Those who were stoned were also hung – does this include all or only some of those who were stoned? How did the hanging process work? Were women also hung? Many of these laws are derived from 2 verses in Devarim regarding the death penalty. The dead body must be buried by nightfall. It is further derived from this verse that anyone who has a relative who dies must bury them by nightfall, unless there is an important reason to delay that would relate to respect for the dead.
If after the person is convicted, the witnesses claim that they were lying, we do not accept their testimony and the person is killed. Likewise, if the convicted person himself makes it clear that he/she is innocent, they are still sent to be killed as there is reason to believe that they are not telling the truth and therefore the court’s original ruling stands. How was the stoning ceremony done? A man is stripped of his clothing but was the woman also? This is a subject of debate and seems to contradict a similar argument by the same rabbis regarding the Sotah. One who is stoned is thrown from a building by one of the witnesses and then a rock is thrown on him by another. Where is this derived from? In all of these laws, there is an underlying concept that one should choose the quickest method of death.
The one who is taken out to be stoned is asked to confess. The importance of confession is learned from Achan. The story of Achan is analyzed and verses are extrapolated to teach various halachot as well as moral messages. To what extent are the Jewish people responsible for others? Can children be killed for the sins of their parents? Is it OK for Yehoshua to complain to God when 36 people were killed in the battle of Ai? Are angels allowed to complain to God? What role do angels play in our prayers? Are we allowed to pray to angels?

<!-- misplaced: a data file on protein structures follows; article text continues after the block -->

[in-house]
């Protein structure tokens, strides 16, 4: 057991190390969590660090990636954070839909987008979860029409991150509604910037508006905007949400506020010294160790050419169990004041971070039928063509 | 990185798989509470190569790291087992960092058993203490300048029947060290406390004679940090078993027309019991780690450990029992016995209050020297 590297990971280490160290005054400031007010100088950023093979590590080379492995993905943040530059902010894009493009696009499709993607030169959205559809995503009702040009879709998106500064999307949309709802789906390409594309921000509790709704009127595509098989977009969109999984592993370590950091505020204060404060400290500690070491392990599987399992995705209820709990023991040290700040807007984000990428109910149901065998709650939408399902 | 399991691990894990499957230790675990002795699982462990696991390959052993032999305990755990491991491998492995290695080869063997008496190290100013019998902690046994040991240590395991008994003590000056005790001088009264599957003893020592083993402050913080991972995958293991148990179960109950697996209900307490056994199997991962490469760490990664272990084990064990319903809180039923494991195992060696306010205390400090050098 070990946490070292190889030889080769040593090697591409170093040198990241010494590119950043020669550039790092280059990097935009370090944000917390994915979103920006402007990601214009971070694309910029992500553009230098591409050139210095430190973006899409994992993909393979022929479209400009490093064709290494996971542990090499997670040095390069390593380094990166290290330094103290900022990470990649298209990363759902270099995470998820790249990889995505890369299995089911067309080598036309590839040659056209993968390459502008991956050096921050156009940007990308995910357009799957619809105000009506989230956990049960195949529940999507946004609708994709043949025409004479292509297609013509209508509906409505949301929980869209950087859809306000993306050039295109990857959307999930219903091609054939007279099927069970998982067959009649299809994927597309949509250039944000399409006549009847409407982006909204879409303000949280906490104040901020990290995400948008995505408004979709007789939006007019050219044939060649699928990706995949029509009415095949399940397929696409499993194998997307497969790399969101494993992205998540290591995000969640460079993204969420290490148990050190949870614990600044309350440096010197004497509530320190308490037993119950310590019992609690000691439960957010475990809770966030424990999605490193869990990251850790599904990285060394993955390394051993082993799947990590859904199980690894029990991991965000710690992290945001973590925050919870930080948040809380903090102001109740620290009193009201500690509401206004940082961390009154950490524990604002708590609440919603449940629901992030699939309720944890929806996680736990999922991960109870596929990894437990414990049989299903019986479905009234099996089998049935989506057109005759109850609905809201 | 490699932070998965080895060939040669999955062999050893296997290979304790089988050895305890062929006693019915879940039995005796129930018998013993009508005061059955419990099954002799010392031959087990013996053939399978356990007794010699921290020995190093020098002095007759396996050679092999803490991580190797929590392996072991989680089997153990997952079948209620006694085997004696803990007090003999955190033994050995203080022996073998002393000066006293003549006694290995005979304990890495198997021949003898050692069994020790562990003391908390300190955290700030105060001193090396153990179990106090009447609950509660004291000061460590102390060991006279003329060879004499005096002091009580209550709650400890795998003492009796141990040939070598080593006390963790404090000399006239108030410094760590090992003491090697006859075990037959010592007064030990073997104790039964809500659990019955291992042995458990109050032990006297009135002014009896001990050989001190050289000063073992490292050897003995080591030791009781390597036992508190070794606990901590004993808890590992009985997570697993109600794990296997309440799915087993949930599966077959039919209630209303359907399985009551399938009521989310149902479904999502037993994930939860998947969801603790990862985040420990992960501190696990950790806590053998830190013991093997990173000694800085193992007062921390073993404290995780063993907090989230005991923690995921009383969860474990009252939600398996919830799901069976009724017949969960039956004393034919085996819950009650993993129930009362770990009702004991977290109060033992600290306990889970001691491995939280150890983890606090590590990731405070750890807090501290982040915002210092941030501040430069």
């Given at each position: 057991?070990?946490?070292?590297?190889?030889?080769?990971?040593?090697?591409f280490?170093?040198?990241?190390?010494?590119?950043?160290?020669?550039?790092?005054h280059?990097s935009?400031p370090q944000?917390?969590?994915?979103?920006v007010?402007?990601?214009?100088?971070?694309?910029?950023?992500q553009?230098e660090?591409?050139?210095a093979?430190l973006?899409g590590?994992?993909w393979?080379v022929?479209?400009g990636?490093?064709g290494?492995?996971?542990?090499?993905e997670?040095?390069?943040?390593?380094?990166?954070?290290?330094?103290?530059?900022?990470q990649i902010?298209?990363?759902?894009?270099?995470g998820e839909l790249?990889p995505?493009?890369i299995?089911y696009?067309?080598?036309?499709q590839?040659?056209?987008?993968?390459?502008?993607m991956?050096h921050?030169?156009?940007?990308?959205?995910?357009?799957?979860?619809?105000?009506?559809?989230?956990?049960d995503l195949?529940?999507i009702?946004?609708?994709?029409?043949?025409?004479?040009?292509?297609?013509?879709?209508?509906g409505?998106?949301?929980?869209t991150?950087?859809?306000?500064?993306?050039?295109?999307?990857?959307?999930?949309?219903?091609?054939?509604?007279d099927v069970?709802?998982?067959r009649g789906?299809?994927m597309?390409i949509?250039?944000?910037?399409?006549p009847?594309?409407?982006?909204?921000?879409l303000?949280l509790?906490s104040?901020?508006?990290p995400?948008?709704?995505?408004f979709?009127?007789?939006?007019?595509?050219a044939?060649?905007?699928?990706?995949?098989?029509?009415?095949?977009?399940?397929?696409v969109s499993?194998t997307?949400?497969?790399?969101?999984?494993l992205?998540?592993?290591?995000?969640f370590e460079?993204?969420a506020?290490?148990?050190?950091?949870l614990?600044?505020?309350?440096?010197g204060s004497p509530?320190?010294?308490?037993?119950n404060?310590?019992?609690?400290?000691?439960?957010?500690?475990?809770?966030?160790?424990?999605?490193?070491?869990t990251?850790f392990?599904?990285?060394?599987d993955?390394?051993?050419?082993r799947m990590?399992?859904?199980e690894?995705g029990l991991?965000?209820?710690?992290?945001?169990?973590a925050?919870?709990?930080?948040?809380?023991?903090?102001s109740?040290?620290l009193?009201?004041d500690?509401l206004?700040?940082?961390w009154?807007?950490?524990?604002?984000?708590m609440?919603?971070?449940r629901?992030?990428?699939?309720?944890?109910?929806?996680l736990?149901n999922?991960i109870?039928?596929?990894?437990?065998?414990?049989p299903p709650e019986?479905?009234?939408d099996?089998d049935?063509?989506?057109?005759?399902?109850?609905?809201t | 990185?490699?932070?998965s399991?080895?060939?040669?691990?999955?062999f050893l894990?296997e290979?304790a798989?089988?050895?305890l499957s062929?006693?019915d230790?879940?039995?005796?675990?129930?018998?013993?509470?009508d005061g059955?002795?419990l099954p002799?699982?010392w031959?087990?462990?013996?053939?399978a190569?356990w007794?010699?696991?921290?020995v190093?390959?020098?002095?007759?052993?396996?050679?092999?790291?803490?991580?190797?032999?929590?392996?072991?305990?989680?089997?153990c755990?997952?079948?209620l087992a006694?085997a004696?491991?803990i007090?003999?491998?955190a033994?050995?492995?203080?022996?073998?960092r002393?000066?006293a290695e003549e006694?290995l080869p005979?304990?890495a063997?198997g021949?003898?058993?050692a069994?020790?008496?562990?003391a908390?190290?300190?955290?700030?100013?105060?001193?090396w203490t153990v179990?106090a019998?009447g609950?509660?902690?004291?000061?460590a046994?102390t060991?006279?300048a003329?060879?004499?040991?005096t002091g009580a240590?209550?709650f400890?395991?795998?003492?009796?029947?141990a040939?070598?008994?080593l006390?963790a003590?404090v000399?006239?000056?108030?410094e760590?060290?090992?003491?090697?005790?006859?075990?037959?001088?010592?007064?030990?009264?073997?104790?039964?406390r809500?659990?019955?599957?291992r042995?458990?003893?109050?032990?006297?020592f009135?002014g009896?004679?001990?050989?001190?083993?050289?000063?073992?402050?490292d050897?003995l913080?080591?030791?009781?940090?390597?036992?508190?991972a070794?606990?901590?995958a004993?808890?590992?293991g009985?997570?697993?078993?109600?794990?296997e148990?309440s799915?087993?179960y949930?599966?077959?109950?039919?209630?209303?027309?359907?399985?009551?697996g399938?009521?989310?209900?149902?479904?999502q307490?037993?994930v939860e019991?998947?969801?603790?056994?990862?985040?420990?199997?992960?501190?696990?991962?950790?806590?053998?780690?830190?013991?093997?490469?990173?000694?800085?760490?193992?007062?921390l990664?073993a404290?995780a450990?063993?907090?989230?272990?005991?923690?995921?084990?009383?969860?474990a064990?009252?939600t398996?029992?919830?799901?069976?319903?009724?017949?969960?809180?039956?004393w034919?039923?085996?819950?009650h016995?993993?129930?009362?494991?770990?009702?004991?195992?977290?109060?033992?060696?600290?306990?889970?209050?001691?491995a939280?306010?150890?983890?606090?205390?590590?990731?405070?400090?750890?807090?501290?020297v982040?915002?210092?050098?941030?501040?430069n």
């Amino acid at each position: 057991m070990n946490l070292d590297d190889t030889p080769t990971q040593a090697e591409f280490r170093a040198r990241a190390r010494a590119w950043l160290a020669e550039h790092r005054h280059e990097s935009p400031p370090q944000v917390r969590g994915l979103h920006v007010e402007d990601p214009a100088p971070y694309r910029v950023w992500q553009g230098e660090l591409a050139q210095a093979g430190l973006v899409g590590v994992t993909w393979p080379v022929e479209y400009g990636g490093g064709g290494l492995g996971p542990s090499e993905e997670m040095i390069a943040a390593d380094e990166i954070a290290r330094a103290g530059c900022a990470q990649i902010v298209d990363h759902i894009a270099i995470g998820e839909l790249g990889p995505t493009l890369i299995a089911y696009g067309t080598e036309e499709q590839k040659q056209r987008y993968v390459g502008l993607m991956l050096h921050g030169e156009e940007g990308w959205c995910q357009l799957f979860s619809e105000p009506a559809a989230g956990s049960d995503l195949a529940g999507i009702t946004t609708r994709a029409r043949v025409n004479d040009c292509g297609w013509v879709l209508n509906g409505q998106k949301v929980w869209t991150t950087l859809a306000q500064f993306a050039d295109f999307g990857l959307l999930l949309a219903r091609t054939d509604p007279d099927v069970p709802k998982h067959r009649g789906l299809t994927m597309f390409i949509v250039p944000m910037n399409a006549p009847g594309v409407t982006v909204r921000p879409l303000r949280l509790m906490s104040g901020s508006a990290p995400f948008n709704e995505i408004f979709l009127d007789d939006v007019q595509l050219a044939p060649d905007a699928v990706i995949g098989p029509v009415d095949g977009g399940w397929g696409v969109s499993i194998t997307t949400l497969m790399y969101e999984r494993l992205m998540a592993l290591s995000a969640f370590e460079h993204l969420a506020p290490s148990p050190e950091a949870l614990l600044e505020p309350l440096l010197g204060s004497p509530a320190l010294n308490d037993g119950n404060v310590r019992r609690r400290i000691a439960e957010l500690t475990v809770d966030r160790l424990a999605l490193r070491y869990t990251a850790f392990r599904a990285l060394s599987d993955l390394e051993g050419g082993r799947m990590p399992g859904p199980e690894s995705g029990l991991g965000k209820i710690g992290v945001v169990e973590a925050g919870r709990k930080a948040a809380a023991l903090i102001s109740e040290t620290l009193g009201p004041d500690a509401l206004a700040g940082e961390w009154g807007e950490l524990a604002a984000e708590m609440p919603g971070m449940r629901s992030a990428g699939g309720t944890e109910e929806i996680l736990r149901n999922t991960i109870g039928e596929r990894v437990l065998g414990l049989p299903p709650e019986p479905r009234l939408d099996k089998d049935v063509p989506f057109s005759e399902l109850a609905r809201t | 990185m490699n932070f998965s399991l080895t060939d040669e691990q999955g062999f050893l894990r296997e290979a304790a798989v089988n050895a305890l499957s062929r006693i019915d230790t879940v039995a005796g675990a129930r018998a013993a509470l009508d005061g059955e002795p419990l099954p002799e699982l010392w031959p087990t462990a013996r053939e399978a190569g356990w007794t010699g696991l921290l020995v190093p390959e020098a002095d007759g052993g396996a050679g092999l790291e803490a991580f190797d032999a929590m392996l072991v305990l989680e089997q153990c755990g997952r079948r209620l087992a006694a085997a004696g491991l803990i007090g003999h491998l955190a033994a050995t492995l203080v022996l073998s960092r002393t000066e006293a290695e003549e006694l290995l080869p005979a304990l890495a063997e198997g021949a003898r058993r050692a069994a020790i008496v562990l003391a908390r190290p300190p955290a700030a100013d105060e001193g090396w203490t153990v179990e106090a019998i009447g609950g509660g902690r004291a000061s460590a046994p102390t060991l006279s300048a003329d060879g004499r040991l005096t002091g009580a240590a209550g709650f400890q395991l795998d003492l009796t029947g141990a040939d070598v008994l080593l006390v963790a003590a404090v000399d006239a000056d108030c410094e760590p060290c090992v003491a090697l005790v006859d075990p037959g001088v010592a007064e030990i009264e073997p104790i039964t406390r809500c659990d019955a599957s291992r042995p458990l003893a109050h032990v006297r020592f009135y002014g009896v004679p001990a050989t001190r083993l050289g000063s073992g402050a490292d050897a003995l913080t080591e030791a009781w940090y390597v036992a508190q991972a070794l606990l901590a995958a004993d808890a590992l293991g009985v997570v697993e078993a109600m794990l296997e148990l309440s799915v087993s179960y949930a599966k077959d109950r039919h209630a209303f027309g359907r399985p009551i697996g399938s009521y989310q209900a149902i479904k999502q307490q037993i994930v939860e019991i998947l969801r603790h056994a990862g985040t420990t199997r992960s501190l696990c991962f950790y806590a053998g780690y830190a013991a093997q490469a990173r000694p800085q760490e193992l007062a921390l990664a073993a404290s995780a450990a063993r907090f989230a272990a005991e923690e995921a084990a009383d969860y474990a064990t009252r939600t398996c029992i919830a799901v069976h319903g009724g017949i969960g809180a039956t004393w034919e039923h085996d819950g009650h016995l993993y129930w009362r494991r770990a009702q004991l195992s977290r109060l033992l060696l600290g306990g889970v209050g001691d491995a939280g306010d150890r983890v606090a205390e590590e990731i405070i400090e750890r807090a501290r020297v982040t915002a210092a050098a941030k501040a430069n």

Once convicted of stoning, there were a number of processes instituted in order to allow for a chance that new evidence may be brought forward to acquit. A whole section of the gemara about Yeshu the Nazarene was censored and does not appear in the standard printed edition of the gemara. The missing text can be found on the attached sheet.
The gemara discusses further details of what types of contradictions are accepted in testimony and what aren’t. Details about the blessing over the new moon are discussed (kiddush levana). Can women partake in this mitzva or not?
How many questions do they ask the witnesses? What are the different types of questions that they ask – what is the difference between chakirot and bedikot? Where are the number of chakirot derived from? What is the derivation for the law relating to warning the accused before he committed the crime?
Various questions are asked by heretics to particular rabbis and the rabbi’s responses are brought.
How would they intimidate the witnesses?
Further differences between monetary and capital cases that were mentioned in the mishna are discussed and derivations are brought.
Why must capital cases only be judged during the day? If the court wants to convict in a capital case, they need to wait until the following day. Where is that law derived from? Based on that law, cases can’t begin on a Friday – the gemara explains why. In the context of that discussion the gemara explains that capital punishment doesn’t override Shabbat. Several kal vachomers are suggested regarding what types of things could possibly override Shabbat, and whether or not they do is clarified.